Personal identity. At the level of the individual, there abides a sense of uncertainty about how to understand oneself; most people consciously search for a sense of identity–for who and what they are and for what significance and worth they have. Our media-generated, consumer culture daily offers us a thousand choices for who we should be like, what we should value, and how we can attain worth and significance. And we take these images for what is real. So, for example, tennis pro Andre Agassi can say “Image is everything!” in an advertisement, and we believe him.
The recent, wildly successful sitcom “Seinfeld” vaunts itself as a “show about nothing.” Isolated, narcissistic, urban, “thirty-something singles” float through their existences trying to make sense out of what they ultimately perceive to be a meaningless, patchwork world. We laugh as we watch these actors portray individuals with no roots, vague identities, and conscious indifference to morals outside their self-determined ones. George riotously works out his “pathetic” life “going with” whatever works for him at the moment in jobs, scams, or relationships. The commercial and critical success of this show is attributable not only to the genius of its script, character development, and acting, but also to the way the audience identifies with the fragmented, ludicrous, pastiche of “moments” which make up the characters’ lives. Seinfeld is uniquely postmodern in its presentation of groundless, malleable character identities. It is also postmodern–as are most TV sitcoms today–in its radical, up-front play with “moralities” altered at the characters’ whim; there is no one morality.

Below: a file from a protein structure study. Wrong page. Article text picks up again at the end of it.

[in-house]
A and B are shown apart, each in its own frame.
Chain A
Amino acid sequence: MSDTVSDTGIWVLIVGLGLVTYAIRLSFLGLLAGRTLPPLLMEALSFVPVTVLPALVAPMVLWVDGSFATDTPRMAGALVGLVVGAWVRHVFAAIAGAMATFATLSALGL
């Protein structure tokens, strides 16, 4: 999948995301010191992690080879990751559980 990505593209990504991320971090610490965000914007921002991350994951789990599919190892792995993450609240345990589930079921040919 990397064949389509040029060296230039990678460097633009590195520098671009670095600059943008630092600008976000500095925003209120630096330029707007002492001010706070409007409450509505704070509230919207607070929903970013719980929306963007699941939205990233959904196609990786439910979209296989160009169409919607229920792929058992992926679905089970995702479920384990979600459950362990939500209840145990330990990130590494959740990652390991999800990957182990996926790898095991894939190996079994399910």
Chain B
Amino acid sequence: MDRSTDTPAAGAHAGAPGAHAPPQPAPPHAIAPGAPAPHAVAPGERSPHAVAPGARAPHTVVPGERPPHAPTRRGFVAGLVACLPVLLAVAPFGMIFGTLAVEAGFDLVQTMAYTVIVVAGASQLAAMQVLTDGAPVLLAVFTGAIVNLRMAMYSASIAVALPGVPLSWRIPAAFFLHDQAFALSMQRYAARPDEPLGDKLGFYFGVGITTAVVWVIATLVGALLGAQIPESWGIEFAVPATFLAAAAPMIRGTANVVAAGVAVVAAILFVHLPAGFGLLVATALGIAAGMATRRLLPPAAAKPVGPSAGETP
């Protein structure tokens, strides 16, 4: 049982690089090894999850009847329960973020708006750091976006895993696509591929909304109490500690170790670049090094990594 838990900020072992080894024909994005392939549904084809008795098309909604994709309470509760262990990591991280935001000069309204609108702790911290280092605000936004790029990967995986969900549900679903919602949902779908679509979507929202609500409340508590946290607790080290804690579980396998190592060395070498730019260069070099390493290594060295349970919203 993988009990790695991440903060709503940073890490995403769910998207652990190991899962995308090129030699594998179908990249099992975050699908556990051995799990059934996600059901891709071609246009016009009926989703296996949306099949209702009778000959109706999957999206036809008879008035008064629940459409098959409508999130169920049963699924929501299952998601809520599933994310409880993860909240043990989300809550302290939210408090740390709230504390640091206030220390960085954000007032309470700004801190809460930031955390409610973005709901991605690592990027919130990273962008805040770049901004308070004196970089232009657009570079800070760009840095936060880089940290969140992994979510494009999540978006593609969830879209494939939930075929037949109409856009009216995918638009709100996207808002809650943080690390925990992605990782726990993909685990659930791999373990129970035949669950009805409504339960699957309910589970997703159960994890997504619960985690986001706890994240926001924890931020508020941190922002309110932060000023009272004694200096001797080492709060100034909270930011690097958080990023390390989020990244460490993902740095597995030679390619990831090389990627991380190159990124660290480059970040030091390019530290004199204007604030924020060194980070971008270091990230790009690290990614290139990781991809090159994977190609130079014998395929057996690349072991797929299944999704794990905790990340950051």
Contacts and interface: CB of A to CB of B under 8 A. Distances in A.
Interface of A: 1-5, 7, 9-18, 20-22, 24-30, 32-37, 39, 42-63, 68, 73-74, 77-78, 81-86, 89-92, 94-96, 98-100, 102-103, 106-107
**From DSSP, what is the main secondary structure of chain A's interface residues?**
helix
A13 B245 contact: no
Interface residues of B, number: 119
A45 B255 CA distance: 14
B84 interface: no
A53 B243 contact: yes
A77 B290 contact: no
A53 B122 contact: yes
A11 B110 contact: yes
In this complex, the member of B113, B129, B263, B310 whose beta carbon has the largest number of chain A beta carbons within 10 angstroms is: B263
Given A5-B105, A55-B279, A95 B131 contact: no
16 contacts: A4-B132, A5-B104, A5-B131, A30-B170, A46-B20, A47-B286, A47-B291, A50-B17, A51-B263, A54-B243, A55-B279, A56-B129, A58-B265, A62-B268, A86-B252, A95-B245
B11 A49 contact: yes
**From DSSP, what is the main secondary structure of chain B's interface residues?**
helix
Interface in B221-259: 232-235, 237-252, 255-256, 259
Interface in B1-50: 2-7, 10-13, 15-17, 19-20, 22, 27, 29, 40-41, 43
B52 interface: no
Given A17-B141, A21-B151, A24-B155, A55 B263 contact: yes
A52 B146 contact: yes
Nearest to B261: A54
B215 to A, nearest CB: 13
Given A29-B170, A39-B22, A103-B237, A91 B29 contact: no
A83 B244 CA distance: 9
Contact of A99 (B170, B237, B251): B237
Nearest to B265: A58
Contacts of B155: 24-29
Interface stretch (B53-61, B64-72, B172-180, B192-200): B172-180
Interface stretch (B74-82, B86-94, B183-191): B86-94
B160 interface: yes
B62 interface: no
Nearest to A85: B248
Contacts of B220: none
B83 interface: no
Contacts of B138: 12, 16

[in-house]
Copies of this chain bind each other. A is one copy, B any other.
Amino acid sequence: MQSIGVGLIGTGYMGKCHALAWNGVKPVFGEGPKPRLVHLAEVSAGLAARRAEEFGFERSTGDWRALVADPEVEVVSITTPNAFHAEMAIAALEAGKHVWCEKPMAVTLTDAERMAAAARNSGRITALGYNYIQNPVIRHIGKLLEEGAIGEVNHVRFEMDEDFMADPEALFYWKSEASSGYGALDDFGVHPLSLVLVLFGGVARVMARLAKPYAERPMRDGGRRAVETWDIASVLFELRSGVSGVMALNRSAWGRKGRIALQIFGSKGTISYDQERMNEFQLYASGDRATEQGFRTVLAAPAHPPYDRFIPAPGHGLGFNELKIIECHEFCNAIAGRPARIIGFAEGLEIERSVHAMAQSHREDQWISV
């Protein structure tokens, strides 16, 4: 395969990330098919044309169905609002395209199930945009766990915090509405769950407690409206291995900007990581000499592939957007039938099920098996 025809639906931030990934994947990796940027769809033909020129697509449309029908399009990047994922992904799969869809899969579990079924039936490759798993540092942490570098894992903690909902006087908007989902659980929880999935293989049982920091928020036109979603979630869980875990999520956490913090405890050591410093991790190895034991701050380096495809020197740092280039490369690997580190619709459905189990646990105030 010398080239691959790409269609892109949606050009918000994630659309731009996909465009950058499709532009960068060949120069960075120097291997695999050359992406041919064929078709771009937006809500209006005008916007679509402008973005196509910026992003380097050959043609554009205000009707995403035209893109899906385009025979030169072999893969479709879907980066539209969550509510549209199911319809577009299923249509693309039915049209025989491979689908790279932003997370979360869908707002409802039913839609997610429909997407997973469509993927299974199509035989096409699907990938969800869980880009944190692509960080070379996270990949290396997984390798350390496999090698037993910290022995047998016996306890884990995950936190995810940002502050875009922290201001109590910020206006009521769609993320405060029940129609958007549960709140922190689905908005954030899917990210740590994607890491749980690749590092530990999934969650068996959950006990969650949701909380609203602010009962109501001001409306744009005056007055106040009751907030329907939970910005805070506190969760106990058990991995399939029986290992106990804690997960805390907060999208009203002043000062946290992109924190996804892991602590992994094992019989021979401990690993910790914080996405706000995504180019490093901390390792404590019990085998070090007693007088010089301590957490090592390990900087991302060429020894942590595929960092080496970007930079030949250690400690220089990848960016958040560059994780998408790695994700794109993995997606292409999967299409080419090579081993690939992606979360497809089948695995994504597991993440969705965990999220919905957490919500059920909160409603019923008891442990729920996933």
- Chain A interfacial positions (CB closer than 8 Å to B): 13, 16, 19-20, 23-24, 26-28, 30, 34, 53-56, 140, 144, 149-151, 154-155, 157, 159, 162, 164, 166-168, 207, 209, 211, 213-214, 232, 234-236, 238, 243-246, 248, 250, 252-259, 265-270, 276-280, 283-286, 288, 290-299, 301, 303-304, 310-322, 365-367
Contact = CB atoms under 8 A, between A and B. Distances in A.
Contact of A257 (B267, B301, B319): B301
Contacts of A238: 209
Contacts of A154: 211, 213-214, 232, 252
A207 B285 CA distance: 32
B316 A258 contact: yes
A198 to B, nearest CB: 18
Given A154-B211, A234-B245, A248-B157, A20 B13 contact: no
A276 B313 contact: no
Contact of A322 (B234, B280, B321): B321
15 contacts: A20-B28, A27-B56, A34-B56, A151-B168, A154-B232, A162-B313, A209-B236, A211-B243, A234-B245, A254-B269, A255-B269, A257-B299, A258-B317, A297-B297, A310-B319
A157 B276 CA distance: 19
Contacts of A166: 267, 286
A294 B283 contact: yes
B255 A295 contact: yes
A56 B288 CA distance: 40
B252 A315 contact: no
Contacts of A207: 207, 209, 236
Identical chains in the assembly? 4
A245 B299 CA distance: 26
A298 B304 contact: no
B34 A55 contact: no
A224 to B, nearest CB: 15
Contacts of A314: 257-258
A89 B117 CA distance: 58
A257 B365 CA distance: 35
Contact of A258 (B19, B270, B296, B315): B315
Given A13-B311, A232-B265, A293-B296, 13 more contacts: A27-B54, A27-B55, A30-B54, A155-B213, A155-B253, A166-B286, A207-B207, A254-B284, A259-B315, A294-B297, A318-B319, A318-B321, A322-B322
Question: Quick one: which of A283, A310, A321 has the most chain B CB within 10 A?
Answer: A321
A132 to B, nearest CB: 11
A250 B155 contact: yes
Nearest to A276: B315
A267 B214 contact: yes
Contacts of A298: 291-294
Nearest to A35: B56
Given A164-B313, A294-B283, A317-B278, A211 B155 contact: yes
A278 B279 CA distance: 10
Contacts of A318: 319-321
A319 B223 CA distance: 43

Education and academics. From the modernist perspective, truth was largely relative, but the possibility of universals in knowledge remained conceivable. In the postmodern model, we don’t really “know” anything; rather, we “interpret.” Postmodernist education says “Pick a worldview,” as if only a choice of clothing style were at issue, “and create your interpretations accordingly,” since truths are only language constructions put in place by those who have influence and power. The emphasis on multi-cultural education is grounded philosophically in this perspective. After all, says the postmodernist educator, the emphasis in Western education on rationality and the quest for what is ultimately true is only another manifestation of Western “cultural imperialism” motivated by consumer capitalist power.